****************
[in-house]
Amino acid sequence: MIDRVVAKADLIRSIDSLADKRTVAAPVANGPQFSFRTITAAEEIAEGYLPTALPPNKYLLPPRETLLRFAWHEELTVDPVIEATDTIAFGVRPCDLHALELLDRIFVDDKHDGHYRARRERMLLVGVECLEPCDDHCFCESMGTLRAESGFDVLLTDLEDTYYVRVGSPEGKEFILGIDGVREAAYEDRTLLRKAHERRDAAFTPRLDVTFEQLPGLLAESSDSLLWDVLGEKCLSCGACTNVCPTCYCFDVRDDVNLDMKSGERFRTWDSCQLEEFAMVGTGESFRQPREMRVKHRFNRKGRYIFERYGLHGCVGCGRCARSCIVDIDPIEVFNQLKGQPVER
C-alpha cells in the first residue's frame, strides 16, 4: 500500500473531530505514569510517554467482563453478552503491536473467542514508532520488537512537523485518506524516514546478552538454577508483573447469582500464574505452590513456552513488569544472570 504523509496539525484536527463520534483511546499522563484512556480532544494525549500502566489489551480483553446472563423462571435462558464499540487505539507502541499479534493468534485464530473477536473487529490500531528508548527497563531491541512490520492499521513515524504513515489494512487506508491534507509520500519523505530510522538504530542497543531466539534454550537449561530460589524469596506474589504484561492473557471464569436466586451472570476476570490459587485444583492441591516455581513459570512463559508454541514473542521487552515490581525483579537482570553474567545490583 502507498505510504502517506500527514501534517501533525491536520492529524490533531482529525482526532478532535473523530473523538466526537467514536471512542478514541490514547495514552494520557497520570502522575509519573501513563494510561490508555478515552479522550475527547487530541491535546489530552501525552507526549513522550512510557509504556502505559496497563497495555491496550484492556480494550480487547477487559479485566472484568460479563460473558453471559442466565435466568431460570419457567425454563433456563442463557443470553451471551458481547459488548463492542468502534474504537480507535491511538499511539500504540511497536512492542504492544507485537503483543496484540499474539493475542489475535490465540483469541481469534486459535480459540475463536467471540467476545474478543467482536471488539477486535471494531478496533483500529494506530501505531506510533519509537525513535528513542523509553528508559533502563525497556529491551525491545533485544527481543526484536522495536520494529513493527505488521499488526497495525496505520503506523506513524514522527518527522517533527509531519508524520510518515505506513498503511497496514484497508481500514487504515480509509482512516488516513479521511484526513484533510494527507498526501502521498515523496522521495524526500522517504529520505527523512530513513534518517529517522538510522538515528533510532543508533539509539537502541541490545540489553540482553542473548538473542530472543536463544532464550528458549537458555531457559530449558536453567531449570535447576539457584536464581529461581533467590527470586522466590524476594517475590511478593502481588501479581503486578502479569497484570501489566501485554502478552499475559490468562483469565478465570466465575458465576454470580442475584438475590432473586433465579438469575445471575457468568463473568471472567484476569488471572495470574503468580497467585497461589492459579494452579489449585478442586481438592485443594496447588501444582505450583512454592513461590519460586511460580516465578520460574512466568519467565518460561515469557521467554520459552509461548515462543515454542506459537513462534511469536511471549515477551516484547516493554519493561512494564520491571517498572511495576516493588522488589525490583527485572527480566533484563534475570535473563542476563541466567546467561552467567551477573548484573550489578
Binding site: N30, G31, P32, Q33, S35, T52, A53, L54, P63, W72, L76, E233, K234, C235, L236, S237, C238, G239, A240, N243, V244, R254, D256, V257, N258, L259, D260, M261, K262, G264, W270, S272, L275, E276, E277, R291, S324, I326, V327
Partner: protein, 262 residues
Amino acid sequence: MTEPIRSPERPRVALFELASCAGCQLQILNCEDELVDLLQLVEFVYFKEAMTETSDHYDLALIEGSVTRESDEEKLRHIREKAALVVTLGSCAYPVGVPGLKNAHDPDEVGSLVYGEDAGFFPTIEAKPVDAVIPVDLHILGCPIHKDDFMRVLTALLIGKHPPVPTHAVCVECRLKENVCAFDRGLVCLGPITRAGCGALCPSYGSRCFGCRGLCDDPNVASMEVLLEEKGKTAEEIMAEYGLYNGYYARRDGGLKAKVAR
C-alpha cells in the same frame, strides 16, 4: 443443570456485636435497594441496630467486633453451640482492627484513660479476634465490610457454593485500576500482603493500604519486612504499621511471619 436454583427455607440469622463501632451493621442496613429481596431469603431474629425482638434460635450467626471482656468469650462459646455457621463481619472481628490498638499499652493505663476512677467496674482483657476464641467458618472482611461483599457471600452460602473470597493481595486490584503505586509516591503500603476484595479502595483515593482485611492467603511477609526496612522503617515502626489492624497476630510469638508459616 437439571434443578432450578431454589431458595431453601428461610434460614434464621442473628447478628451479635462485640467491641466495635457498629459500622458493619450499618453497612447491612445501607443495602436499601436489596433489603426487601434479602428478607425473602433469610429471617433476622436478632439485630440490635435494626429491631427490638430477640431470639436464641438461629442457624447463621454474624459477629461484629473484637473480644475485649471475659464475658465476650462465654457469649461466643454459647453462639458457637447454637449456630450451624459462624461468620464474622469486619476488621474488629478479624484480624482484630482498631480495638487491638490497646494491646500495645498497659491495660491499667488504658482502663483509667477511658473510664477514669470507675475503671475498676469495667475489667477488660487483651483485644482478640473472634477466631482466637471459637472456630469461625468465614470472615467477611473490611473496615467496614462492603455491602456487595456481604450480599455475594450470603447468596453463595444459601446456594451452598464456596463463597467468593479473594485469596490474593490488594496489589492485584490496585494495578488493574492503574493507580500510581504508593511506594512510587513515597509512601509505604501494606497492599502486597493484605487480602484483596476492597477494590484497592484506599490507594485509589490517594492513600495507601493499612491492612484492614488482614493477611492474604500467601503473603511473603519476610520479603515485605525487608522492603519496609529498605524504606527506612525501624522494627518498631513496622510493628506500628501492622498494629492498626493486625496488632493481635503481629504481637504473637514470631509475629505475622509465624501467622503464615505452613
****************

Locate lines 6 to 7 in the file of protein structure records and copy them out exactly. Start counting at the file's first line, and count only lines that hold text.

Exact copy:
Amino acid sequence: MTEPIRSPERPRVALFELASCAGCQLQILNCEDELVDLLQLVEFVYFKEAMTETSDHYDLALIEGSVTRESDEEKLRHIREKAALVVTLGSCAYPVGVPGLKNAHDPDEVGSLVYGEDAGFFPTIEAKPVDAVIPVDLHILGCPIHKDDFMRVLTALLIGKHPPVPTHAVCVECRLKENVCAFDRGLVCLGPITRAGCGALCPSYGSRCFGCRGLCDDPNVASMEVLLEEKGKTAEEIMAEYGLYNGYYARRDGGLKAKVAR
C-alpha cells in the same frame, strides 16, 4: 443443570456485636435497594441496630467486633453451640482492627484513660479476634465490610457454593485500576500482603493500604519486612504499621511471619 436454583427455607440469622463501632451493621442496613429481596431469603431474629425482638434460635450467626471482656468469650462459646455457621463481619472481628490498638499499652493505663476512677467496674482483657476464641467458618472482611461483599457471600452460602473470597493481595486490584503505586509516591503500603476484595479502595483515593482485611492467603511477609526496612522503617515502626489492624497476630510469638508459616 437439571434443578432450578431454589431458595431453601428461610434460614434464621442473628447478628451479635462485640467491641466495635457498629459500622458493619450499618453497612447491612445501607443495602436499601436489596433489603426487601434479602428478607425473602433469610429471617433476622436478632439485630440490635435494626429491631427490638430477640431470639436464641438461629442457624447463621454474624459477629461484629473484637473480644475485649471475659464475658465476650462465654457469649461466643454459647453462639458457637447454637449456630450451624459462624461468620464474622469486619476488621474488629478479624484480624482484630482498631480495638487491638490497646494491646500495645498497659491495660491499667488504658482502663483509667477511658473510664477514669470507675475503671475498676469495667475489667477488660487483651483485644482478640473472634477466631482466637471459637472456630469461625468465614470472615467477611473490611473496615467496614462492603455491602456487595456481604450480599455475594450470603447468596453463595444459601446456594451452598464456596463463597467468593479473594485469596490474593490488594496489589492485584490496585494495578488493574492503574493507580500510581504508593511506594512510587513515597509512601509505604501494606497492599502486597493484605487480602484483596476492597477494590484497592484506599490507594485509589490517594492513600495507601493499612491492612484492614488482614493477611492474604500467601503473603511473603519476610520479603515485605525487608522492603519496609529498605524504606527506612525501624522494627518498631513496622510493628506500628501492622498494629492498626493486625496488632493481635503481629504481637504473637514470631509475629505475622509465624501467622503464615505452613